Furthermore, according to the invention it is possible for the vehicle driver to adjust the beam range between the value predefined by the stopping distance and the value predefined by the initial position defined above (minimum range). Preferably, the reduction of the beam range towards the initial position takes place at a minimum rate, i.e. when initiated by the vehicle driver the beam range is gradually reduced to a desired value. In contrast, the beam range is increased from a set value to the necessary value in as short a time as possible. Firstly, this subjects the eyes of the vehicle driver to relatively little stress (during the reduction) and secondly provides the necessary safety in that the minimum beam range (the necessary beam range) can be reset very rapidly.
In addition, a special emergency control is provided according to the invention. The emergency control relates to the case of full braking due to an obstruction on the road. In this case the beam range is reduced from the instant at which the brake pedal is actuated onwards, down to the actual braking distance. This means that when the vehicle driver actuates the brake pedal to effect a full braking the adjusting means reduces the beam range to the braking distance. Admittedly, this reduces the beam range, by the reaction distance; this is however of no consequence because at the instant under consideration the brakes have already been actuated and consequently the stopping travel is reduced to the braking travel. This has the advantage that possible obstructions such as pedestrians, animals or the like, are not dazzled by the vehicle. This is in contrast to known light control systems in which the beam range is increased in an emergency (DE-A-3545459). It is however important to avoid dazzling pedestrians or dazzling wild animals; at the same time, after actuation of the brake pedal an indication is given to the driver within which distance he can stop.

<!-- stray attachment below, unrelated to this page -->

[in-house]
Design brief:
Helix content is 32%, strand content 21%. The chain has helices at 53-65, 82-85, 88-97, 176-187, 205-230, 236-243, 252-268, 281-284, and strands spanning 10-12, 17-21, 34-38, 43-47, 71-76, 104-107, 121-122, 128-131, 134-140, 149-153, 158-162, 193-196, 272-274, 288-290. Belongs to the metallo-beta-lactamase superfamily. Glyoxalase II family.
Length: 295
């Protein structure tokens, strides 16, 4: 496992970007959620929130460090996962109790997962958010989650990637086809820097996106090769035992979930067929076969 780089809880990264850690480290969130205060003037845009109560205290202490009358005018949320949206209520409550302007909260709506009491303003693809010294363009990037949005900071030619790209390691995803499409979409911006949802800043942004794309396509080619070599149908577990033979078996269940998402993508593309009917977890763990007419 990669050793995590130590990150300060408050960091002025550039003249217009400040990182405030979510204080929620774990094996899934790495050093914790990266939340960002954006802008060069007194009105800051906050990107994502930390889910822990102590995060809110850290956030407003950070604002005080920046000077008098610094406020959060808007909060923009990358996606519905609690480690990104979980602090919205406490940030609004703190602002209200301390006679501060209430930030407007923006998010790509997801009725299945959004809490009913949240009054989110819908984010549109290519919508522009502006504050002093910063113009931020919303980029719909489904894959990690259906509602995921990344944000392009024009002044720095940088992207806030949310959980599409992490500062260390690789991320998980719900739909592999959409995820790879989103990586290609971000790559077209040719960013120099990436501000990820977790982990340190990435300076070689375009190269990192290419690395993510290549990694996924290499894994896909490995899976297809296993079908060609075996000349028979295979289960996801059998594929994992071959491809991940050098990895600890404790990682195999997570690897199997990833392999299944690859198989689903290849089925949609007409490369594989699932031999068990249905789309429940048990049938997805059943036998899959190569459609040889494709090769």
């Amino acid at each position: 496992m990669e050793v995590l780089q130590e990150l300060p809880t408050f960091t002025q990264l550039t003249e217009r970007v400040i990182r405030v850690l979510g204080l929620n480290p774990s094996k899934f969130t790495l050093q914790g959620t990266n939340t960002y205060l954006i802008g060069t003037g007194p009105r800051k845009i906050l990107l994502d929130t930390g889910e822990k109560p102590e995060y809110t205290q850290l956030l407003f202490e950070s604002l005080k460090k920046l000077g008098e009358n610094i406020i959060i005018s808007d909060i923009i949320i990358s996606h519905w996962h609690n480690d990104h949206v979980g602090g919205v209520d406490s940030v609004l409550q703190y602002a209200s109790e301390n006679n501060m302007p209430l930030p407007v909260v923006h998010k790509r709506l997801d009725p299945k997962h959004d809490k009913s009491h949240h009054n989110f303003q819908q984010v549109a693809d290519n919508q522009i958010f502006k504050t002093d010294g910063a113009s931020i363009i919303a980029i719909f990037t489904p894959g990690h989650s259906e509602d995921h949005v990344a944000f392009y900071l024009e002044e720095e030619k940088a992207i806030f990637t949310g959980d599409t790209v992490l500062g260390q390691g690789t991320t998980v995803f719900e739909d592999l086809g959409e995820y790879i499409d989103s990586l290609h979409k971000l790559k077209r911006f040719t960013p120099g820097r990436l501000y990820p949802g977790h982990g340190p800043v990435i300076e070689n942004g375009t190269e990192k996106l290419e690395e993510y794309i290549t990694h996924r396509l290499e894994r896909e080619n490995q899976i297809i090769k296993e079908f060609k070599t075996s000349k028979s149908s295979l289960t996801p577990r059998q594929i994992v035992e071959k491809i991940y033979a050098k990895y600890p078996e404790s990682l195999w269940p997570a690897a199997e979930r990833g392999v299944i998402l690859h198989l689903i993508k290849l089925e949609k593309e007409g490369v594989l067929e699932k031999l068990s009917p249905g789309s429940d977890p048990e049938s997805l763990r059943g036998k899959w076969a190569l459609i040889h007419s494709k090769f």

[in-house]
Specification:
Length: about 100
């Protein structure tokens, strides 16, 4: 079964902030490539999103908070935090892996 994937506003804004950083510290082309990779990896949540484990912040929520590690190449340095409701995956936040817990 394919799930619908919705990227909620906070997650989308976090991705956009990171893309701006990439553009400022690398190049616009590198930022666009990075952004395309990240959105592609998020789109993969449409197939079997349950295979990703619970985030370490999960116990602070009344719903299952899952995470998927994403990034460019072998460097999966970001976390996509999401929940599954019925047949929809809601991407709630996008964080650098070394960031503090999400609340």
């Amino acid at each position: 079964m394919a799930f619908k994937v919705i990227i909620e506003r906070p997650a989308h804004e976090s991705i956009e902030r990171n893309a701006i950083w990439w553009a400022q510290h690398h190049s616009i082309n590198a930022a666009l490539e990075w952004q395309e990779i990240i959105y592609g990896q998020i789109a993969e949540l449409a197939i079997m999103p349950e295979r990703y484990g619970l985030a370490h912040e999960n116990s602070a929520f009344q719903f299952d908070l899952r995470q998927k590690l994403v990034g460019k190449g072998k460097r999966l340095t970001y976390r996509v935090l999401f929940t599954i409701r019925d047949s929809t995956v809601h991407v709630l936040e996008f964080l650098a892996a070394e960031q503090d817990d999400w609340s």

Examples of the embodiment of the invention will be explained with the aid of the attached drawings, wherein
FIG. 1 shows a schematic illustration of a motor vehicle with the automatic light system according to the invention,